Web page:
VERIFY: Is it illegal to share your streaming service password?

We set out to verify whether or not you can legally use someone else's password.

Chances are, you know someone or you are personally using someone else's account when it comes to a streaming service like Netflix, Hulu or HBO. This leads to the questions: Is it illegal to share passwords for subscription-based web streaming apps, and if so, what are the punishments?

Our Verify Team set out to find the answers for you.

WHAT WE FOUND

For answers, we turned to legal expert Scott Robinson.

“In theory using someone else's password for access to a streaming video system may, in fact, violate The Computer Fraud and Abuse Act,” Robinson said. “But in practice, Netflix isn't interested in going after the common man.”

To give credence to Robinson’s point we turned to a Buzzfeed article titled, "HBO’s CEO Doesn’t Care That You Are Sharing Your HBO GO Password." The article was written in early 2014 and cites HBO CEO, Richard Plepler. Plepler was interviewed at a Buzzfeed event where he said, “It's not that we're unmindful of [password sharing], it just has no impact on the business… We're in the business of creating addicts.”

The article goes on to explain how Plepler believes, if anything, having people share passwords will only foster a new generation of viewers.

And it’s not just that Plepler thinks password-sharing doesn’t have an effect on business, according to Robinson going after password purveyors could actually be bad for business at the private and public level.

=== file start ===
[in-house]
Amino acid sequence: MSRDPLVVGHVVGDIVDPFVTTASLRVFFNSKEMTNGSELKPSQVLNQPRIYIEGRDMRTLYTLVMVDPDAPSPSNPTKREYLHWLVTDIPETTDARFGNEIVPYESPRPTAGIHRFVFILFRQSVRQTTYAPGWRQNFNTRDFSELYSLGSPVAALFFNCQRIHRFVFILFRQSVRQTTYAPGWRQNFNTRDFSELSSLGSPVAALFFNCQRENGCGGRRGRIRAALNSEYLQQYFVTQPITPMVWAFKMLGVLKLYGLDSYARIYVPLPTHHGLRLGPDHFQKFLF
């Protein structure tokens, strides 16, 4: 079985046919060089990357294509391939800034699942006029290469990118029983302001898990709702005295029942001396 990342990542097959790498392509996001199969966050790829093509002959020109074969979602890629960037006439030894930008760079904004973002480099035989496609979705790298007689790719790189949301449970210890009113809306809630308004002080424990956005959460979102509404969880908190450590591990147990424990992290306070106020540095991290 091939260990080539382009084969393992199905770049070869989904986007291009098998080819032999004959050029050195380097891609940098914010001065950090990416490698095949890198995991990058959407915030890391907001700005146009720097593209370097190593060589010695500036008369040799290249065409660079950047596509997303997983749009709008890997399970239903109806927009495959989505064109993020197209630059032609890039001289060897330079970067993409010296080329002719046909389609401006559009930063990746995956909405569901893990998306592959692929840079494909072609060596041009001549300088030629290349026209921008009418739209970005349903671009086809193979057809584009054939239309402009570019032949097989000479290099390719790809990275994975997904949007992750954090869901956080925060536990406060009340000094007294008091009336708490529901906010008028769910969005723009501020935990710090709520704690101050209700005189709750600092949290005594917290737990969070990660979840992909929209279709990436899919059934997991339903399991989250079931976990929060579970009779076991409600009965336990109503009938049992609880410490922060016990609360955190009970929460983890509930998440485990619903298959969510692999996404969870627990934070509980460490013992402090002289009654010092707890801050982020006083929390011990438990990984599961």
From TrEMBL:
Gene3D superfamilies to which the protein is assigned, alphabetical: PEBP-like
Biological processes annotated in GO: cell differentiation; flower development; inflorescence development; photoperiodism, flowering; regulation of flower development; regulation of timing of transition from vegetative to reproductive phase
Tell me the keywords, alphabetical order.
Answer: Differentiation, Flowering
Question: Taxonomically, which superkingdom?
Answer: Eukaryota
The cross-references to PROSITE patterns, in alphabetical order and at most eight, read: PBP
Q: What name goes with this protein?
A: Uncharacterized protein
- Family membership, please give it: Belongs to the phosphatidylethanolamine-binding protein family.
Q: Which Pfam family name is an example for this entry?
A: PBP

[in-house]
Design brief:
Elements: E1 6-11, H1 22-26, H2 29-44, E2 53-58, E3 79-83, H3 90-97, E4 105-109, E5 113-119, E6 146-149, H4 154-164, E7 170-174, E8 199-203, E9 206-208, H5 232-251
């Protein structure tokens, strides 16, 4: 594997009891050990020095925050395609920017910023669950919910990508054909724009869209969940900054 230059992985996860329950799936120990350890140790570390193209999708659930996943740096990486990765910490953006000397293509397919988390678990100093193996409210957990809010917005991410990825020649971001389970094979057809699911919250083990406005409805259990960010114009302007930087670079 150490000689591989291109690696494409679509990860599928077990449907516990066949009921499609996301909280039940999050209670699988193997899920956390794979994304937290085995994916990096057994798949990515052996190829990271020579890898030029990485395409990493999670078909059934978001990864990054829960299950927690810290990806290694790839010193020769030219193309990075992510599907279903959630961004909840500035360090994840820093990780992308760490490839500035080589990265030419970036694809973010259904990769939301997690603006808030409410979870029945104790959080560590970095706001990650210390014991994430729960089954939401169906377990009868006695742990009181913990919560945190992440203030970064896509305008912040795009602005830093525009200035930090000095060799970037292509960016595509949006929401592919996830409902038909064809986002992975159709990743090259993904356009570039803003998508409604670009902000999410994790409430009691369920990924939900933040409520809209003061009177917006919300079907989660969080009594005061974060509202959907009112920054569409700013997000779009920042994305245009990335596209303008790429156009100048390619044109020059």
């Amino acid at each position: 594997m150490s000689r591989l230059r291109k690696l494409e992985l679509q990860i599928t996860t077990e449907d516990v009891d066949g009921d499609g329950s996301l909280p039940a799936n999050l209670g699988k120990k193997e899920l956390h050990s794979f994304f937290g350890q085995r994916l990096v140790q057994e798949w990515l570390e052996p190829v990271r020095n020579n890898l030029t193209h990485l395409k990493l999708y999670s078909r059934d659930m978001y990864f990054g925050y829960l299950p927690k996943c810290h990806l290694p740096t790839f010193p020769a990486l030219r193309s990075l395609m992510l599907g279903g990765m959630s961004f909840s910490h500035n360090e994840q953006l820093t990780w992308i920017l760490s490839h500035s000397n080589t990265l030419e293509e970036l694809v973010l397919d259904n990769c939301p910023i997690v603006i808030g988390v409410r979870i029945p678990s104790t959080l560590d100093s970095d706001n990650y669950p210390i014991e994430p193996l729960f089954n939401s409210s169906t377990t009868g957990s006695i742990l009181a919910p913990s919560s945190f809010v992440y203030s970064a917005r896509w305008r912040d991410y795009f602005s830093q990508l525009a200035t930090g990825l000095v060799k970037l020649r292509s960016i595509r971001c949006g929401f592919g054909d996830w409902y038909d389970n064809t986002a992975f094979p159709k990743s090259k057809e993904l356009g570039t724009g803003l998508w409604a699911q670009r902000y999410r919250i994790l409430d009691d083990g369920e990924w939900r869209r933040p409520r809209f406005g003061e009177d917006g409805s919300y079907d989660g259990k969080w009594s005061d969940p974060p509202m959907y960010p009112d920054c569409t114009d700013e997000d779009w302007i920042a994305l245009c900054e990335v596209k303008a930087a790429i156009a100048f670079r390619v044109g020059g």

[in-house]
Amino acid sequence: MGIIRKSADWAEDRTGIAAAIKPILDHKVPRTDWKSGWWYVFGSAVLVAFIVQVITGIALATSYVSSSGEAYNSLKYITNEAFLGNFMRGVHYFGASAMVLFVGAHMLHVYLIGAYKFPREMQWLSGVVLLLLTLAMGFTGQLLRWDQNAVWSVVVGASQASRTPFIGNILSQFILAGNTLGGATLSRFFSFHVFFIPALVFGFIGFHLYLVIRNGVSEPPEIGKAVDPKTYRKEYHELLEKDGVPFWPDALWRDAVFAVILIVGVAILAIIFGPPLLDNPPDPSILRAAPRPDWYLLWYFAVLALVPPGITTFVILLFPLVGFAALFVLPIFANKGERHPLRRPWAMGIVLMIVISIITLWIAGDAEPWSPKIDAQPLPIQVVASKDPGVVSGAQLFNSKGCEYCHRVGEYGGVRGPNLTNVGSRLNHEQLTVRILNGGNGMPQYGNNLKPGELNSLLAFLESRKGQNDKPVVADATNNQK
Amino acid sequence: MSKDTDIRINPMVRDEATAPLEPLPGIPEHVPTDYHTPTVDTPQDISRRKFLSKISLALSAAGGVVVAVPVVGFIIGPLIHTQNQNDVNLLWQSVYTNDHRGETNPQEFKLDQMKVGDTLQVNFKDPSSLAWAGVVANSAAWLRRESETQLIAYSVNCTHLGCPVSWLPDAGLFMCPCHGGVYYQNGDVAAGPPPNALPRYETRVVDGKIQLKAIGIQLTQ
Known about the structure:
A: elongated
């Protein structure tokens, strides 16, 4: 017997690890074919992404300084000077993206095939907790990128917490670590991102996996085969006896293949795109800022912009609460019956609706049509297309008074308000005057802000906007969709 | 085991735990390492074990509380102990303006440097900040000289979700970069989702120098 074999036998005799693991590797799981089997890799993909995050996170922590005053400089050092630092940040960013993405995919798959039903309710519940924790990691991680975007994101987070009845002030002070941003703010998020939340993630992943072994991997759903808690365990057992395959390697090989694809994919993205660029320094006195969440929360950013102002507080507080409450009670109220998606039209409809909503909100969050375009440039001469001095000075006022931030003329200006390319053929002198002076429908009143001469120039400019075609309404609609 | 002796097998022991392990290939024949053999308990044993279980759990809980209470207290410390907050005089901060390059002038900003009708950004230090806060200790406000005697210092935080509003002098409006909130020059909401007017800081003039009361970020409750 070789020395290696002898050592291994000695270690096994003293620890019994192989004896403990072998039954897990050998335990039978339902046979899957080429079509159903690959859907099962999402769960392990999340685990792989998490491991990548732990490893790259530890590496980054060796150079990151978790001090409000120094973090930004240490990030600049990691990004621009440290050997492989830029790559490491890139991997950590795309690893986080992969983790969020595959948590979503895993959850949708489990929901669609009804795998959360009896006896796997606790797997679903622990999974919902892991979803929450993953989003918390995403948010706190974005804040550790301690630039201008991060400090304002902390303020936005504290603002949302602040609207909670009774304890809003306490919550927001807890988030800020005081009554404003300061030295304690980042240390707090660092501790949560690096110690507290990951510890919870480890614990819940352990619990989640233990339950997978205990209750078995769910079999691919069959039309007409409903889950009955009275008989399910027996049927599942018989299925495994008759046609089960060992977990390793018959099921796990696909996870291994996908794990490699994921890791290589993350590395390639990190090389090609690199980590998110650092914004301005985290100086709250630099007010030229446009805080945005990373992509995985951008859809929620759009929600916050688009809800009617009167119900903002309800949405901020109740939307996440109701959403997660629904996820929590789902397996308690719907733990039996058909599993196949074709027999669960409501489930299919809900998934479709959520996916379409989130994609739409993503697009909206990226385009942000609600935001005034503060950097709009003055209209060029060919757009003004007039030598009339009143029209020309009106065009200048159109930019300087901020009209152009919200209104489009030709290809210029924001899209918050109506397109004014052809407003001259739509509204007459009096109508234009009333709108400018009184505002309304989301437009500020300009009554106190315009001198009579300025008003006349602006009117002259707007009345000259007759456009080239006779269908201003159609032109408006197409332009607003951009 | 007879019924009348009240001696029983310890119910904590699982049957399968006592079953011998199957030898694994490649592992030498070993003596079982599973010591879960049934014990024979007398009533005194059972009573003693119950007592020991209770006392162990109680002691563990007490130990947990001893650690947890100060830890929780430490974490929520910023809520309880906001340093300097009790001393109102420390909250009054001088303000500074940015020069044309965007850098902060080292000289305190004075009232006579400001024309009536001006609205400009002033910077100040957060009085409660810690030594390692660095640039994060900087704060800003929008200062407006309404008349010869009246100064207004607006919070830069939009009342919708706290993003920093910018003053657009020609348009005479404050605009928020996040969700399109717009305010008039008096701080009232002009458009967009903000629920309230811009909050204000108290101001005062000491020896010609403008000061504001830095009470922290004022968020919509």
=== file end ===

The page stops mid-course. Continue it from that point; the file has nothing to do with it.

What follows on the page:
“It's not something any DA anywhere in Colorado [would] contemplate doing,” Robinson said. “It's just too many dollars spent prosecuting too little misconduct.”

A recently published Reuter’s article estimates that currently more than one-fifth of young adults “who stream shows like "Game of Thrones" or "Stranger Things" borrow passwords from people who do not live with them.”

Robinson says to look at sharing a password like lending a book to a friend.

If you happen to make copies of programming and/or give your password to people for a price, companies will be more likely to seek legal action, Robinson says.

BOTTOM LINE

You pretty much won't be in any legal trouble with any big companies if you give out your password - just don't copy their content or charge your friends for the service. 

VERIFY – YOU’VE GOT QUESTIONS, WE’LL FIND ANSWERS

An FCN project to make sure what you’ve heard is true, accurate, verified. Want us to verify something for you? Email verify@firstcoastnews.com.

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